Keeping up to par

by Alex Mackay, 59 years old

golf

I am an avid golfer; I love the game for the many challenges it brings. Anybody playing this sport will agree that the feeling of executing a good shot, breaking the 100's, the 90's and the 80's or beating one's own best score is very gratifying. On the other hand, when I was diagnosed with prostate cancer, I was far from being ready to face the many challenges implicated by this disease.

Let me go back a decade, when, at the age of 59, at my annual check-up, I was found to have a PSA reading of 59. I was then referred to a urologist who sent me for a trans-rectal ultrasound and prostate biopsies. I was diagnosed with prostate cancer and a Gleason score 10/10.

The moment I heard the word CANCER, my heart skipped a few beats. I don't even remember anything else that was said during that medical visit; I was in a state of shock. It could not be, not me. But yes, it was me, my prostate, my cancer, and the start of my battle against cancer.

In order to choose the best treatment option to allow me the best survival rate without jeopardizing too much of my quality of life, my urologist suggested surgery. The goal was to determine whether or not my cancer had escaped outside my prostate gland, that is to find out if my lymph nodes were cancerous. Unfortunately, the nodes already had cancer in them. Automatically, that eliminated surgery or radiation therapy as treatment options for me.

I then started hormonal therapy, consisting of an injection every three months and daily pills. Well, guess what? My breasts got slightly swollen, I gained a few pounds, I did not have to shave as often, and my sexual desire decreased somewhat, though it was still present. Oh! I forgot, those hot flashes; I guess this is what women feel like at menopause!

Overall the treatment has been well tolerated. For the last ten years, I have been able to carry on my activities of daily living including my passion for golf.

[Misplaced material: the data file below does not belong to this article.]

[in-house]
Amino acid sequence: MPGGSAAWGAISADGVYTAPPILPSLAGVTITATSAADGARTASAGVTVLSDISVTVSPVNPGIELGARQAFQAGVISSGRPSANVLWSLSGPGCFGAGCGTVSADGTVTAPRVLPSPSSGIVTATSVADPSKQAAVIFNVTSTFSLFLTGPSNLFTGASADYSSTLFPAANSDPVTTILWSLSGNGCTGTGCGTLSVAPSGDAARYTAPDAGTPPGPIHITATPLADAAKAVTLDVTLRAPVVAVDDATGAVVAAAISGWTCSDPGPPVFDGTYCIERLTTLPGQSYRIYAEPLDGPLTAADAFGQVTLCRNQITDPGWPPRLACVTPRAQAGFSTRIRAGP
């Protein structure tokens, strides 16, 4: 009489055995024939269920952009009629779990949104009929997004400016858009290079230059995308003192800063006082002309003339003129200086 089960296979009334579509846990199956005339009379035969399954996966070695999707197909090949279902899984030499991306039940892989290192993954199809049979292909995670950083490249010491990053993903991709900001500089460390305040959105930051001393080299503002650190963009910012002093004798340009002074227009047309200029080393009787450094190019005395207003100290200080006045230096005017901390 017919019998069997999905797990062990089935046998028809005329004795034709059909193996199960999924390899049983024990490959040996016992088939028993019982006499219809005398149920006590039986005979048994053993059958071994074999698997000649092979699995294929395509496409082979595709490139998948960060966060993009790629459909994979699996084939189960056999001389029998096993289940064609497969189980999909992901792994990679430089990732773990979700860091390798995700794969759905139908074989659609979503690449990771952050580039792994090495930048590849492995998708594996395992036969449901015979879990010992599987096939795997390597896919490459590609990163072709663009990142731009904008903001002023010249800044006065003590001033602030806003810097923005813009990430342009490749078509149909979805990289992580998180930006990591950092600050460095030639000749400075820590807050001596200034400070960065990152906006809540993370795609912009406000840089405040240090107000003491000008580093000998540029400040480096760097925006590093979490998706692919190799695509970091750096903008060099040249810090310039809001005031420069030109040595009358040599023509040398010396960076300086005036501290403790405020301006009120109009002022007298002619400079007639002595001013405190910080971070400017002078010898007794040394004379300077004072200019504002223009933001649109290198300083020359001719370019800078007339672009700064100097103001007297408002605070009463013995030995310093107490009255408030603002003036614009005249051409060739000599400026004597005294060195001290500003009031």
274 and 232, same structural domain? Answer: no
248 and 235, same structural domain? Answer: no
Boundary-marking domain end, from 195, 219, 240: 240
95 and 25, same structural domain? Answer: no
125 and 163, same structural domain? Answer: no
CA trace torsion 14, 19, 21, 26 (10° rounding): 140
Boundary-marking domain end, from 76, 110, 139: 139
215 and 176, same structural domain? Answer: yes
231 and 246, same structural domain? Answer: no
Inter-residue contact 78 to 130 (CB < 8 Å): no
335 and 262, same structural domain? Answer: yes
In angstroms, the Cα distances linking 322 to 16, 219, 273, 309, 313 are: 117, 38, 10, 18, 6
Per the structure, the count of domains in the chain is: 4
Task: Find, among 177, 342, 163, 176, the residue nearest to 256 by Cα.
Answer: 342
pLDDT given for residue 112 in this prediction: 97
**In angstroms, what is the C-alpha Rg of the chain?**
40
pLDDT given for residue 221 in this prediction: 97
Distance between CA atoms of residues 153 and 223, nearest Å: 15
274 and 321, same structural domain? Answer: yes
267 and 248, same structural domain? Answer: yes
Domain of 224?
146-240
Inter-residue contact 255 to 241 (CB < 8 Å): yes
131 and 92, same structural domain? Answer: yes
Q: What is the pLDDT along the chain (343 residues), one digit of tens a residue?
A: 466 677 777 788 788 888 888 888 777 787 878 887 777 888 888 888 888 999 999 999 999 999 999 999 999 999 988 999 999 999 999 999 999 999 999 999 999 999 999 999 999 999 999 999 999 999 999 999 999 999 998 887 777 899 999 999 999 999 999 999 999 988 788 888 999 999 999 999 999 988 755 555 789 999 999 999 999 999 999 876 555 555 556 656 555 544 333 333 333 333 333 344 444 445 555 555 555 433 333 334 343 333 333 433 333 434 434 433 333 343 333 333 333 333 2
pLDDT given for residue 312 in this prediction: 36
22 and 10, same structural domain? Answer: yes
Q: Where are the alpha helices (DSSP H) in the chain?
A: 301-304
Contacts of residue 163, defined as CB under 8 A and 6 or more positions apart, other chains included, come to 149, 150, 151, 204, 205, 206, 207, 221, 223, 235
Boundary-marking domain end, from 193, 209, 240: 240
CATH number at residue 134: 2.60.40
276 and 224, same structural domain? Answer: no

When I was first diagnosed, I needed to share my emotions with my family and friends but some didn't know what to say or how to act. When people occasionally inquired about how it was going, I would reply "fine" and the conversation would shift. There was a loud silence surrounding the real impact of this experience. As soon as they realized that I was doing well with my treatments, their behaviour changed.

Surprisingly enough, though probably not the case at the initial time of diagnosis, the fact that I could talk about it helped my family members and friends to open up and share their own feelings. This somehow made it easier for them to accept the situation. The acceptance, though, did not come as easily for all my three children and friends. Some took quite a bit longer and at the beginning there was a lot of anger and tears.

When I first started hormonal therapy, I was introduced to the various health care professionals treating prostate cancer, including the nurse. She was a life-saver, filling the gap between the medical team and myself. She was giving me my injections, answering my questions, and getting information from the urologist for me if needed. She was comforting me in difficult moments, because, let's face it, I can put up a big front but, deep down I have had and still have my scares. During those hard times she talked to me; she let me verbalize my fears and anxieties. At times, she just listened, not knowing or not finding the right words to comfort me; that was fine, I knew she was there. I realized that the most important thing was knowing that people were there for me and still are when I need them. This is even true when they do not respond the way I expect them to, everyone has their own way of coping with stressful situations.

Somehow when I look back, there have been lots of ups and downs but I never gave up. On the contrary, I have learned from this that we cannot take things for granted, that we must take advantage of every moment we are given. Yesterday is gone and will never come back.

For the past year, my PSA readings have been constantly slowly increasing. I am about to start chemotherapy in the next few weeks but, in the meantime, I try to keep up to par the best I can and enjoy life!

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